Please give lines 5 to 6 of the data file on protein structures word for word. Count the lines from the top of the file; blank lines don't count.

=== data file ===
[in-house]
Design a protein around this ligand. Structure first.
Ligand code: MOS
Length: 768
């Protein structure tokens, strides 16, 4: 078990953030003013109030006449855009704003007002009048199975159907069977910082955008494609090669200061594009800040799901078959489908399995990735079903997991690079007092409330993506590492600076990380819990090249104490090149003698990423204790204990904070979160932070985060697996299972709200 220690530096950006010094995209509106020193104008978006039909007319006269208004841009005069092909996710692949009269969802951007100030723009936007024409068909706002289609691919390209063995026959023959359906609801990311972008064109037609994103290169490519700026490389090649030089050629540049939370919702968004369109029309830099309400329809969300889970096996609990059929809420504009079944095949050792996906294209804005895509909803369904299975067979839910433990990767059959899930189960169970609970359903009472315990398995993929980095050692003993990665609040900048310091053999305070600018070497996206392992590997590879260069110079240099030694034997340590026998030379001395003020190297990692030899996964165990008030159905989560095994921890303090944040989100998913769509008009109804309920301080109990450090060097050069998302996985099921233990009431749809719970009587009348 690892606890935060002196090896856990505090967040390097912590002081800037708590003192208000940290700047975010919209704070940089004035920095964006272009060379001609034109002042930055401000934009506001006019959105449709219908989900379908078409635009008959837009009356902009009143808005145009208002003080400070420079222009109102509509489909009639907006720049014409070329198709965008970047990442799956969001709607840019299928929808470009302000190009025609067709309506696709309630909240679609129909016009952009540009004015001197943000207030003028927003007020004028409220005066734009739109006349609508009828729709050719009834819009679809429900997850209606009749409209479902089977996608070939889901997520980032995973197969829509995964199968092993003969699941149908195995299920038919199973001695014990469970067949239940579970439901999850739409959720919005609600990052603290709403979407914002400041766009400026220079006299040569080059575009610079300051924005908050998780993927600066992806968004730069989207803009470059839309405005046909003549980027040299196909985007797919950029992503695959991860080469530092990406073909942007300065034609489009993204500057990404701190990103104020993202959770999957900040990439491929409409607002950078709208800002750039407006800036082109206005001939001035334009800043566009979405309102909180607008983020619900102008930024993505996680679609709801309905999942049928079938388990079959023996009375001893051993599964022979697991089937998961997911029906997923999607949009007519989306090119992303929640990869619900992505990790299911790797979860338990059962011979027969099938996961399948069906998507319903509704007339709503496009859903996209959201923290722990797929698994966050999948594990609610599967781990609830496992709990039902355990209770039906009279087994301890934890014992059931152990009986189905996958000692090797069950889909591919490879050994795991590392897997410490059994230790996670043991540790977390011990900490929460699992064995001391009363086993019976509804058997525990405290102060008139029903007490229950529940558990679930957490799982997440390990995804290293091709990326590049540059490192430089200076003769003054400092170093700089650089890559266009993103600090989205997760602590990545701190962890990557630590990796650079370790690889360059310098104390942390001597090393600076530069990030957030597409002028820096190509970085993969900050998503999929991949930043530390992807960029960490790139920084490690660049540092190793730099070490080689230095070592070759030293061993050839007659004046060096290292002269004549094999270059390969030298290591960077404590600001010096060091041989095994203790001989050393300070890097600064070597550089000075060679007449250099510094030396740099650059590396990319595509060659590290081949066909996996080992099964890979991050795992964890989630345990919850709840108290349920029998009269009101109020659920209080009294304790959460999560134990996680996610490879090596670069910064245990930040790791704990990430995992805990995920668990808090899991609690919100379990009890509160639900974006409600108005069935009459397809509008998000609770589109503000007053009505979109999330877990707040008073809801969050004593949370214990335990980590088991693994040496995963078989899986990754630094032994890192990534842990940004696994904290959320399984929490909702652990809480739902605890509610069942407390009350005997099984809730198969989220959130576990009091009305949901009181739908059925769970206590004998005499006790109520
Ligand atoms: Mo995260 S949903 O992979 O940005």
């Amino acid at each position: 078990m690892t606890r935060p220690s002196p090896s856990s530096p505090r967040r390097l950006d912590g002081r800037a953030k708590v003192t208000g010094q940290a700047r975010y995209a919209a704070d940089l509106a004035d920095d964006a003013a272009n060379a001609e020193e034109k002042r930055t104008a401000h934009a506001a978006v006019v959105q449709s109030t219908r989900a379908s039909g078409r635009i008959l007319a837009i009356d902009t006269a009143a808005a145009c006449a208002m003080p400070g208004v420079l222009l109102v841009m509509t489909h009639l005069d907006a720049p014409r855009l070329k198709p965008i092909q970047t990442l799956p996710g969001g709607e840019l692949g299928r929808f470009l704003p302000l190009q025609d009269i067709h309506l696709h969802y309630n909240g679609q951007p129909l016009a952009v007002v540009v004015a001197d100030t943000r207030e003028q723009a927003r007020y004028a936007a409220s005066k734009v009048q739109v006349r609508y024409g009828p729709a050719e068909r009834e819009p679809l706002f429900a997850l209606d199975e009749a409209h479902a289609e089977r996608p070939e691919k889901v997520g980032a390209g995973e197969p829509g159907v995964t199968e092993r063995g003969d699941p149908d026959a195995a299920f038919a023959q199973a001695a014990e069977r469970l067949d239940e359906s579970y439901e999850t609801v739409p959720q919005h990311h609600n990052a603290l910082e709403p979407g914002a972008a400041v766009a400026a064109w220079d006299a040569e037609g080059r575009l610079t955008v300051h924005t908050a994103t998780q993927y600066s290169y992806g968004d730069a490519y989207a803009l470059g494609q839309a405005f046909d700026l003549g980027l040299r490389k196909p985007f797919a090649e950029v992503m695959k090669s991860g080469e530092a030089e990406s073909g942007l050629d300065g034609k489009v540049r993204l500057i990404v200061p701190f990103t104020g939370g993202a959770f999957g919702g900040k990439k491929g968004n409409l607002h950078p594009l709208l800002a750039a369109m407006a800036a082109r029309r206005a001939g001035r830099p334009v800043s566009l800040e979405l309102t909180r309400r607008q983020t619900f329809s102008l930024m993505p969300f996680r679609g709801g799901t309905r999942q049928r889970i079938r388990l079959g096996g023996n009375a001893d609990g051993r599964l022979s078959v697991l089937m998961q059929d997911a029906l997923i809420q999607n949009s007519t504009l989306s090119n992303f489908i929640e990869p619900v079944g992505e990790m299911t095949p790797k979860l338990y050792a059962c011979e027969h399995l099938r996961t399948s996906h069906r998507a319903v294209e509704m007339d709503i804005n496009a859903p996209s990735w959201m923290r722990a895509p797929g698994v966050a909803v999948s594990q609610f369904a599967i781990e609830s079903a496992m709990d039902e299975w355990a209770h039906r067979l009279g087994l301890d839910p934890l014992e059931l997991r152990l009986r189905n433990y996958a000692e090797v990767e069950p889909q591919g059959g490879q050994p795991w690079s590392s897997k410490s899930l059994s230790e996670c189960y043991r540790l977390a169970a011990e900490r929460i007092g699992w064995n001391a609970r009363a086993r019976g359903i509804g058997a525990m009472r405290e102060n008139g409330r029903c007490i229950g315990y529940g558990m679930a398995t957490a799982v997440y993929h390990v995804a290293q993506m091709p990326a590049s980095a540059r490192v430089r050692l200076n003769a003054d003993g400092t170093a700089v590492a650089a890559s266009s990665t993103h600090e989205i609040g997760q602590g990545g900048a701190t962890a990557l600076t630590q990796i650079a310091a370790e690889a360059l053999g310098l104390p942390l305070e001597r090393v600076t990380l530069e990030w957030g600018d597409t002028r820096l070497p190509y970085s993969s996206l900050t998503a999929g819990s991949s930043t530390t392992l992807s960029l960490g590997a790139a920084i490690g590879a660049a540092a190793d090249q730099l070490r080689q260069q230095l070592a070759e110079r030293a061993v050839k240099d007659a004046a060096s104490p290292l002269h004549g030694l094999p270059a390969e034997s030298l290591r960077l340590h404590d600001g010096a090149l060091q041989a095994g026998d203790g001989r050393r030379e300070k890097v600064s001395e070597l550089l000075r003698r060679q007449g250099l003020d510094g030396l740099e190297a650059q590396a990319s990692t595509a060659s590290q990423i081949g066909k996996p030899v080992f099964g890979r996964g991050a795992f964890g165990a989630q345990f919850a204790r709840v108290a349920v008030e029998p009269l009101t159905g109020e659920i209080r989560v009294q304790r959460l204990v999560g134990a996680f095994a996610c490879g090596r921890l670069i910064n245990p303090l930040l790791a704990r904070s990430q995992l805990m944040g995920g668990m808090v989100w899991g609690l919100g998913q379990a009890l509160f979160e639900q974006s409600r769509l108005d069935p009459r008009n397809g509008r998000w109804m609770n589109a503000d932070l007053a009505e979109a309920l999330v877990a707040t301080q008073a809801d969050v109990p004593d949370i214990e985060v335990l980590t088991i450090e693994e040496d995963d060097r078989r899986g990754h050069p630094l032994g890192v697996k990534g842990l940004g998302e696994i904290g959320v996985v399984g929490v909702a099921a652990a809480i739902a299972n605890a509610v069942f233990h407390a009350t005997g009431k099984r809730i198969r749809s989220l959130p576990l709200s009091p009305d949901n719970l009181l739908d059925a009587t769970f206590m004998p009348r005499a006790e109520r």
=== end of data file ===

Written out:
């Protein structure tokens, strides 16, 4: 078990953030003013109030006449855009704003007002009048199975159907069977910082955008494609090669200061594009800040799901078959489908399995990735079903997991690079007092409330993506590492600076990380819990090249104490090149003698990423204790204990904070979160932070985060697996299972709200 220690530096950006010094995209509106020193104008978006039909007319006269208004841009005069092909996710692949009269969802951007100030723009936007024409068909706002289609691919390209063995026959023959359906609801990311972008064109037609994103290169490519700026490389090649030089050629540049939370919702968004369109029309830099309400329809969300889970096996609990059929809420504009079944095949050792996906294209804005895509909803369904299975067979839910433990990767059959899930189960169970609970359903009472315990398995993929980095050692003993990665609040900048310091053999305070600018070497996206392992590997590879260069110079240099030694034997340590026998030379001395003020190297990692030899996964165990008030159905989560095994921890303090944040989100998913769509008009109804309920301080109990450090060097050069998302996985099921233990009431749809719970009587009348 690892606890935060002196090896856990505090967040390097912590002081800037708590003192208000940290700047975010919209704070940089004035920095964006272009060379001609034109002042930055401000934009506001006019959105449709219908989900379908078409635009008959837009009356902009009143808005145009208002003080400070420079222009109102509509489909009639907006720049014409070329198709965008970047990442799956969001709607840019299928929808470009302000190009025609067709309506696709309630909240679609129909016009952009540009004015001197943000207030003028927003007020004028409220005066734009739109006349609508009828729709050719009834819009679809429900997850209606009749409209479902089977996608070939889901997520980032995973197969829509995964199968092993003969699941149908195995299920038919199973001695014990469970067949239940579970439901999850739409959720919005609600990052603290709403979407914002400041766009400026220079006299040569080059575009610079300051924005908050998780993927600066992806968004730069989207803009470059839309405005046909003549980027040299196909985007797919950029992503695959991860080469530092990406073909942007300065034609489009993204500057990404701190990103104020993202959770999957900040990439491929409409607002950078709208800002750039407006800036082109206005001939001035334009800043566009979405309102909180607008983020619900102008930024993505996680679609709801309905999942049928079938388990079959023996009375001893051993599964022979697991089937998961997911029906997923999607949009007519989306090119992303929640990869619900992505990790299911790797979860338990059962011979027969099938996961399948069906998507319903509704007339709503496009859903996209959201923290722990797929698994966050999948594990609610599967781990609830496992709990039902355990209770039906009279087994301890934890014992059931152990009986189905996958000692090797069950889909591919490879050994795991590392897997410490059994230790996670043991540790977390011990900490929460699992064995001391009363086993019976509804058997525990405290102060008139029903007490229950529940558990679930957490799982997440390990995804290293091709990326590049540059490192430089200076003769003054400092170093700089650089890559266009993103600090989205997760602590990545701190962890990557630590990796650079370790690889360059310098104390942390001597090393600076530069990030957030597409002028820096190509970085993969900050998503999929991949930043530390992807960029960490790139920084490690660049540092190793730099070490080689230095070592070759030293061993050839007659004046060096290292002269004549094999270059390969030298290591960077404590600001010096060091041989095994203790001989050393300070890097600064070597550089000075060679007449250099510094030396740099650059590396990319595509060659590290081949066909996996080992099964890979991050795992964890989630345990919850709840108290349920029998009269009101109020659920209080009294304790959460999560134990996680996610490879090596670069910064245990930040790791704990990430995992805990995920668990808090899991609690919100379990009890509160639900974006409600108005069935009459397809509008998000609770589109503000007053009505979109999330877990707040008073809801969050004593949370214990335990980590088991693994040496995963078989899986990754630094032994890192990534842990940004696994904290959320399984929490909702652990809480739902605890509610069942407390009350005997099984809730198969989220959130576990009091009305949901009181739908059925769970206590004998005499006790109520
Ligand atoms: Mo995260 S949903 O992979 O940005």